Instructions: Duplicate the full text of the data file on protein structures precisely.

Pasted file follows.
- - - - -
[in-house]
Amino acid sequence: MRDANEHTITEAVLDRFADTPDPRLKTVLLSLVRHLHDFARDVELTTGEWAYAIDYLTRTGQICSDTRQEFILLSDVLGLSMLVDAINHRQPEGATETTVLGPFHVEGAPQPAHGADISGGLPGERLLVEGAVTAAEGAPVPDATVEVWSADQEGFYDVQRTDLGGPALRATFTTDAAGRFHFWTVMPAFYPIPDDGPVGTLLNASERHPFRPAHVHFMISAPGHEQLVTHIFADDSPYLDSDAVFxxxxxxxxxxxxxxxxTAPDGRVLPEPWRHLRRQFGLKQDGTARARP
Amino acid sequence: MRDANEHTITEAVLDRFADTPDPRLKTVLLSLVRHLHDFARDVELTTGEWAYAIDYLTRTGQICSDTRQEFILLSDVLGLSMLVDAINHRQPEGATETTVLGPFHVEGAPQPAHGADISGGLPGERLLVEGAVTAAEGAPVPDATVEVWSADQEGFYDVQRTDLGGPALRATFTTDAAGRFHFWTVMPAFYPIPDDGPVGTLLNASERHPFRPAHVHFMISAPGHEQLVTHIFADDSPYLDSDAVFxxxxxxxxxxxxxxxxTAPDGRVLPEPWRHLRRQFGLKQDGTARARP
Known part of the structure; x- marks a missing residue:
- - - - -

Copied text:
[in-house]
Amino acid sequence: MRDANEHTITEAVLDRFADTPDPRLKTVLLSLVRHLHDFARDVELTTGEWAYAIDYLTRTGQICSDTRQEFILLSDVLGLSMLVDAINHRQPEGATETTVLGPFHVEGAPQPAHGADISGGLPGERLLVEGAVTAAEGAPVPDATVEVWSADQEGFYDVQRTDLGGPALRATFTTDAAGRFHFWTVMPAFYPIPDDGPVGTLLNASERHPFRPAHVHFMISAPGHEQLVTHIFADDSPYLDSDAVFxxxxxxxxxxxxxxxxTAPDGRVLPEPWRHLRRQFGLKQDGTARARP
Amino acid sequence: MRDANEHTITEAVLDRFADTPDPRLKTVLLSLVRHLHDFARDVELTTGEWAYAIDYLTRTGQICSDTRQEFILLSDVLGLSMLVDAINHRQPEGATETTVLGPFHVEGAPQPAHGADISGGLPGERLLVEGAVTAAEGAPVPDATVEVWSADQEGFYDVQRTDLGGPALRATFTTDAAGRFHFWTVMPAFYPIPDDGPVGTLLNASERHPFRPAHVHFMISAPGHEQLVTHIFADDSPYLDSDAVFxxxxxxxxxxxxxxxxTAPDGRVLPEPWRHLRRQFGLKQDGTARARP
Known part of the structure; x- marks a missing residue: